Fossil fuels still provide the basic fuels that enable modern societies to function, and their use will likely continue for the foreseeable future. Also known as furnace fuel for its historic use in heating applications, fuel oil, like any other fossil fuel, requires a means to transport it, regardless of whether it’s used for heating or fuel. Oil pumps designed to convey fuel oil from storage to where it’s used must be designed to deal with its various properties.
Many people who work around industrial pumps understand that pump strainers and filters are used in different applications, but only some understand the difference between the two. Those who know nothing about a pump, strainers, and filters might as well be the same, as they perform similar tasks. Yet it’s helpful to understand the differences between the two and the similar yet distinctive applications for which both are used.
Pumps are essential tools used in various industries, including manufacturing, construction, and agriculture. They play a crucial role in moving liquids from one location to another, making them an integral part of many processes.
However, not all pumps are the same. Several types of pumps serve different purposes and have unique features. This blog will discuss the different types of pumps, their uses, and their benefits. By the end, you'll better understand which type of pump suits your specific needs and factors to consider when choosing one.
Positive displacement pumps move liquids through valves and piping that enclose fixed volumes of fluids and then transfer them through a system. They cyclically pump these measured capacities, driven by diaphragms, gears, lobes, pistons, screws, vanes, or other implements. They’re generally used for applications involving viscous liquids, such as oils or slurries. Positive displacement pumps are especially desirable when these viscous fluids are highly pressurized, such as what happens in the processing of emulsions, certain types of food, and biological fluids, or when precise measurements are required.
Pumps and pumping systems are some of the most costly equipment used by water utilities and other large operations that transport water. Despite their importance, the actual parameters for pump performance are often largely unknown by anyone except the engineer who designed the pumping system. Even operators tend to see pump systems as an unknowable and unchangeable part of their work environment. Yet this seeming lack of knowledge regarding the most important tool in many fluid-transporting systems can sometimes become a real problem.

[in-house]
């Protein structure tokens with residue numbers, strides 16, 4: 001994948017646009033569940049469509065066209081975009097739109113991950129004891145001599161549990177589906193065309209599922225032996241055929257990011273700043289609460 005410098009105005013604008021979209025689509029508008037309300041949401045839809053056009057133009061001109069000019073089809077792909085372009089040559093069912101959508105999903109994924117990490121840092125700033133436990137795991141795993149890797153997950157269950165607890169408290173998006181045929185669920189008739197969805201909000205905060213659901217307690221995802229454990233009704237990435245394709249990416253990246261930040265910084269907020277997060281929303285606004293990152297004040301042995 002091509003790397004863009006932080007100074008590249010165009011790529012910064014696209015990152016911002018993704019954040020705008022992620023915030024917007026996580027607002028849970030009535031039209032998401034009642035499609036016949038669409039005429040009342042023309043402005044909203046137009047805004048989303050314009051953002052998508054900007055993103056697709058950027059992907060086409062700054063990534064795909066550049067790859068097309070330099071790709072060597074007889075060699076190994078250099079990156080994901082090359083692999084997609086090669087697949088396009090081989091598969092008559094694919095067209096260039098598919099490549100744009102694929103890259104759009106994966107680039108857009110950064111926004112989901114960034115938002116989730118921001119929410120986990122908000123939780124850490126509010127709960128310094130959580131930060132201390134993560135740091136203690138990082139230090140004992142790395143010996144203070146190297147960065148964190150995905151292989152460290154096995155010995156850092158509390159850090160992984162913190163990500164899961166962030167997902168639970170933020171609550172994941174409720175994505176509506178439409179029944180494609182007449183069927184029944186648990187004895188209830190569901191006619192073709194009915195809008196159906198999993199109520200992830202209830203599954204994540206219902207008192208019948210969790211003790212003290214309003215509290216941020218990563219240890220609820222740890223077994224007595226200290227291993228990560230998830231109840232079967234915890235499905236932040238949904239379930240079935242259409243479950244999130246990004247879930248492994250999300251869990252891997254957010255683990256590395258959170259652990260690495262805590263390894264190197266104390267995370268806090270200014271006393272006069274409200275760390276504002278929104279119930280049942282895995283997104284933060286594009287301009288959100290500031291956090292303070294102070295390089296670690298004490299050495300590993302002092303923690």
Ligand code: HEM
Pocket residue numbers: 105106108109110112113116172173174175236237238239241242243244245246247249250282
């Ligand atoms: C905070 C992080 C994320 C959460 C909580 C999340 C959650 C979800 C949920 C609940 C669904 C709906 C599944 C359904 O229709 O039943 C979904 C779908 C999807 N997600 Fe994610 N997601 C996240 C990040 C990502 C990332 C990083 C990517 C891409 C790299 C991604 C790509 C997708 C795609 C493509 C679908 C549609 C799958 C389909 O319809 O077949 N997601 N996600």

Fossil fuels are the basis of modern society, and their use is unlikely to end anytime soon. Derivatives of crude oil and other fossil fuels run trucks, trains, ships, cars, and other vehicles, while these fuels can also be used to heat homes and power generators. Regardless of the type of fuel, a fuel oil pump transports fuel from a storage tank to where it’s to be used. Fuel oil pumps do everything from bringing raw crude oil from reservoirs underground to filling up a car’s fuel tank. In a sense, the fuel pump in a car does the same thing, transporting gasoline from the fuel tank to make the engine run.
Many applications depend on pumps operating correctly, and, in certain cases, an unreliable pump can even cause catastrophic damage to a pumping system. For example, a pump in a cooling system that breaks down can cause overheating that then leads to system failure, while in systems that pump lubricants, this can result in the seizing of mechanical implements that then ruin equipment. In other cases, failed pumping mechanisms can cause significant loss in productivity, as would be the case in the petrochemical or energy industries.
Strainers for pump systems primarily function as filters for the liquids or gases going through the system’s piping. While a seemingly simple assignment, many pump applications depend on properly working strainers. For pumps used in any pipeline operation, sediment that may include sand, dirt, or other detritus can build up within the pipes or elsewhere in the system. Whatever the pumping application, strainers for pumps ensure the whole system runs smoothly.
There’s a vital role played by those involved in supply chains between manufacturers and end users. When it comes to the sale of pumps, distributors help provide quicker response times, offer value-added services, augment a pump manufacturer’s sales and otherwise aid with the logistics of getting their products to those who need them. Instead, pump distributors should be considered partners, with manufacturers building relationships that enable them to sell more of their products while helping to educate customers about them.
For centrifugal compressors that produce natural gas, also known as methane, seals on the machine’s rotating shafts prevent pressurized gas from escaping from the compressor’s casing. A conventional method for sealing the casing utilizes oil under high pressure to act as a barrier to stop gas from escaping. These are known as wet gas seals. Yet, for many situations, companies involved in producing and transmitting natural gas are moving towards using dry seals. Gas seals like these instead use pressurized nitrogen or another similar substance in gaseous form, which reduces both methane emissions and operational expenses.